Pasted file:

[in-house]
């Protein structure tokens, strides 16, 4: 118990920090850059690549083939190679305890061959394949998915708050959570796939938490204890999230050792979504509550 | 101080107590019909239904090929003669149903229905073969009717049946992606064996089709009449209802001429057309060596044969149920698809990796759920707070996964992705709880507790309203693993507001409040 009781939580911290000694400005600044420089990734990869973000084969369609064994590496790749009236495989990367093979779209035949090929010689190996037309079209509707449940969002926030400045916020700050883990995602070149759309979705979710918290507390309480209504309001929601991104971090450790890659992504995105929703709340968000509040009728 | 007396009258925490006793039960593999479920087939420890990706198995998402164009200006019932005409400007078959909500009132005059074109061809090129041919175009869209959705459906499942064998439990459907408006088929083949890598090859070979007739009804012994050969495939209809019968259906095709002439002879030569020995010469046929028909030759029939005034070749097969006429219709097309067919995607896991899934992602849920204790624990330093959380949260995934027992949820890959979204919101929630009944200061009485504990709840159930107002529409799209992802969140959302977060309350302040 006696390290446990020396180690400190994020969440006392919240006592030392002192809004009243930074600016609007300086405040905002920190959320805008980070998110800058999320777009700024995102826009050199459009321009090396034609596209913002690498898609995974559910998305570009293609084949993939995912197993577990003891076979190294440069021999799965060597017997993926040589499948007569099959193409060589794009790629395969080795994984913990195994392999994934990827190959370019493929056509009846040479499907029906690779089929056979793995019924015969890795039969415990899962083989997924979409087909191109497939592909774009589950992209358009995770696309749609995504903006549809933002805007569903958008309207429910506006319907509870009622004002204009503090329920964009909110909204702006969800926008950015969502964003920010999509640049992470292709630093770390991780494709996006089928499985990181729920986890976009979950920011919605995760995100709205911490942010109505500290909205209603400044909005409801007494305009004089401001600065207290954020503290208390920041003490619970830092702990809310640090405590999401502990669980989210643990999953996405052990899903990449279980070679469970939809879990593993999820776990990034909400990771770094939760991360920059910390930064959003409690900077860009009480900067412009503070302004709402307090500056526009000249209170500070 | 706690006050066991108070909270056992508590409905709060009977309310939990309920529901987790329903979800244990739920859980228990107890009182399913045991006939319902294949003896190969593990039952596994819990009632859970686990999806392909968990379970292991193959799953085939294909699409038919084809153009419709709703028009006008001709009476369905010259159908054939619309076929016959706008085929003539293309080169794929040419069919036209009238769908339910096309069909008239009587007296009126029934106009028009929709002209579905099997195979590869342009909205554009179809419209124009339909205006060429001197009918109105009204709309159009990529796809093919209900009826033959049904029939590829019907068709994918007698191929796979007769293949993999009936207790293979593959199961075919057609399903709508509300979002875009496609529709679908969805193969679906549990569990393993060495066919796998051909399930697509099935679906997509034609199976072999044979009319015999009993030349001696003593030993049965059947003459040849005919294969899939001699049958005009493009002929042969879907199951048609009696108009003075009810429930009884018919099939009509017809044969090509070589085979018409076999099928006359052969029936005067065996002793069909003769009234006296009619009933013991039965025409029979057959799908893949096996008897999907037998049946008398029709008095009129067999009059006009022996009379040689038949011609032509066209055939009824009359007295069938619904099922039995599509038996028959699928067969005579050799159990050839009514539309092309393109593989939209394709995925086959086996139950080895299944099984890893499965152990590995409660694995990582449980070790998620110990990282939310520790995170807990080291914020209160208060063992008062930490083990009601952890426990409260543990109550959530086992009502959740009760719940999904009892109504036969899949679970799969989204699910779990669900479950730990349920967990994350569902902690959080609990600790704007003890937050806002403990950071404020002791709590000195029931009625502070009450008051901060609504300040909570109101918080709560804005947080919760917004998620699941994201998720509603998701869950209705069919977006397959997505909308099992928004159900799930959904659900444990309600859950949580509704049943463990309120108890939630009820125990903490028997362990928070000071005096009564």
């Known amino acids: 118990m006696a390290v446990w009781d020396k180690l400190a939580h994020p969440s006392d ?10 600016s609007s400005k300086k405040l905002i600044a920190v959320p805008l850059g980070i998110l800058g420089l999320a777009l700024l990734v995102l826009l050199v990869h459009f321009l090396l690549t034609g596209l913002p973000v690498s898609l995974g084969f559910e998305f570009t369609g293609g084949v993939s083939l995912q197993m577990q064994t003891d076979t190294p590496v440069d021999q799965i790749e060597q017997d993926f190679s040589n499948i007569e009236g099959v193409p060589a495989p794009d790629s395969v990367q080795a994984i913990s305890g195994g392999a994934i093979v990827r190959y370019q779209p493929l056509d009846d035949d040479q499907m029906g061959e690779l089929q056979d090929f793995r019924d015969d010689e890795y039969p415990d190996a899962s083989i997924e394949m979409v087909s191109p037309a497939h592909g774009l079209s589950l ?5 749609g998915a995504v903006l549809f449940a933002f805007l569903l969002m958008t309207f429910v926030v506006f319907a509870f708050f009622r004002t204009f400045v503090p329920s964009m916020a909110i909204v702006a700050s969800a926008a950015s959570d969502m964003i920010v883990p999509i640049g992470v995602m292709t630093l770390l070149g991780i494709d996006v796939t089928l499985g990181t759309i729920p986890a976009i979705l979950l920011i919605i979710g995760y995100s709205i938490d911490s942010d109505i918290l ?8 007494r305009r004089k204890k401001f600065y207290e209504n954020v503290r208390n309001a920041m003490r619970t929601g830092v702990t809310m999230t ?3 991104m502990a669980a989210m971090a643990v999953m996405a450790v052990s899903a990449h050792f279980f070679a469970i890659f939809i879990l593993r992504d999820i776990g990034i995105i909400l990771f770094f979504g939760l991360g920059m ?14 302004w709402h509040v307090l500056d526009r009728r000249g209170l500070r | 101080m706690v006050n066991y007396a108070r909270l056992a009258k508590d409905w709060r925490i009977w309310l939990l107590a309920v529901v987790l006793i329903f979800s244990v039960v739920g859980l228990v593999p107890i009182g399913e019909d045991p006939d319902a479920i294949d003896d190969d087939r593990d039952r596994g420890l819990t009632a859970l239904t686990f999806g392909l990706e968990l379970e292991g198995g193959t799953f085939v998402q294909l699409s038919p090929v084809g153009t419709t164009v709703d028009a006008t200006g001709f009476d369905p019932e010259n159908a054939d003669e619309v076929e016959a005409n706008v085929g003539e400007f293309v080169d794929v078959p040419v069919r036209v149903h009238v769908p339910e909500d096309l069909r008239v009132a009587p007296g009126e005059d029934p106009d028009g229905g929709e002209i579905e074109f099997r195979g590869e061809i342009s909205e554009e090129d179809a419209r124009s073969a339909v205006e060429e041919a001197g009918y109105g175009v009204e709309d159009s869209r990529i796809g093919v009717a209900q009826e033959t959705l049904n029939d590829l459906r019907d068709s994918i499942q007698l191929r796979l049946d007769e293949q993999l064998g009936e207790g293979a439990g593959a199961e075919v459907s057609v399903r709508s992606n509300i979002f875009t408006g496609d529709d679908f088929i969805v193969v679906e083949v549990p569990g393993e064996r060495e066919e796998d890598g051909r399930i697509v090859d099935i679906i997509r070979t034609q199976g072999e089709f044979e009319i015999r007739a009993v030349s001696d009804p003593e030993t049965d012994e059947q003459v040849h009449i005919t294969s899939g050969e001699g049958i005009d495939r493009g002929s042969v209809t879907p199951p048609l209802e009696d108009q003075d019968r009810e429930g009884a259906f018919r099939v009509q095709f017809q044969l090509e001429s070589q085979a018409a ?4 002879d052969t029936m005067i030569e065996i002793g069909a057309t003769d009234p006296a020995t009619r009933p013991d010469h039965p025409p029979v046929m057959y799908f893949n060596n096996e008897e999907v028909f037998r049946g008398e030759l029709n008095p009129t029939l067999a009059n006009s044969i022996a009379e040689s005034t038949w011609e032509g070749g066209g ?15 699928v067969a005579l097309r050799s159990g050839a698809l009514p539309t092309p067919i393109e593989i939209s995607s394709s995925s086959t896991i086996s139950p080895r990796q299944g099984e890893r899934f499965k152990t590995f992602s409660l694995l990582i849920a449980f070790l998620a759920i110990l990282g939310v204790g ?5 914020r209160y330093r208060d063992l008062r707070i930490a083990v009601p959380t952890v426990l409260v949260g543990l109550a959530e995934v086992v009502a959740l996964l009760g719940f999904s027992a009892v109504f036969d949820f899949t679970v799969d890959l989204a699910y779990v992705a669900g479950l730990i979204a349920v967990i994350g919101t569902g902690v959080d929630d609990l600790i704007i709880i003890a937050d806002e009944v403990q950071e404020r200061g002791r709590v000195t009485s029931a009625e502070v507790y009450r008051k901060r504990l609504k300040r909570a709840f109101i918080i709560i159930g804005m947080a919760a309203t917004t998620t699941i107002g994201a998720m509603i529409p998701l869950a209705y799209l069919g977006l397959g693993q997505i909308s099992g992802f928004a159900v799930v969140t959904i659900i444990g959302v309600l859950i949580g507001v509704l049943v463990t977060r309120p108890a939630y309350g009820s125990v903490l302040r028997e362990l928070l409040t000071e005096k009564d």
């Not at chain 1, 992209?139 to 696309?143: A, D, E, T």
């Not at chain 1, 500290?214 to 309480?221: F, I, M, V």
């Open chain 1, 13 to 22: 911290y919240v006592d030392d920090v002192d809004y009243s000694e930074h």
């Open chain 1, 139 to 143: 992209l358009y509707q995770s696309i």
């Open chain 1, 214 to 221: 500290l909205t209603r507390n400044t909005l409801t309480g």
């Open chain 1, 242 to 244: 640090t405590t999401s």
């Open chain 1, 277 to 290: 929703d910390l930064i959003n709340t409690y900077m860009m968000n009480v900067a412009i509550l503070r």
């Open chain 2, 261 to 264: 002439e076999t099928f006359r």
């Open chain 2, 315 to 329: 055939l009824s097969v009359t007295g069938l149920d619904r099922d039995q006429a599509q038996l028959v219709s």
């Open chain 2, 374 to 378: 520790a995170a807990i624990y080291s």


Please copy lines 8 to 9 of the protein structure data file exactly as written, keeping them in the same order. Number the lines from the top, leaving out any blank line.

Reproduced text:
């Open chain 1, 214 to 221: 500290l909205t209603r507390n400044t909005l409801t309480g």
């Open chain 1, 242 to 244: 640090t405590t999401s």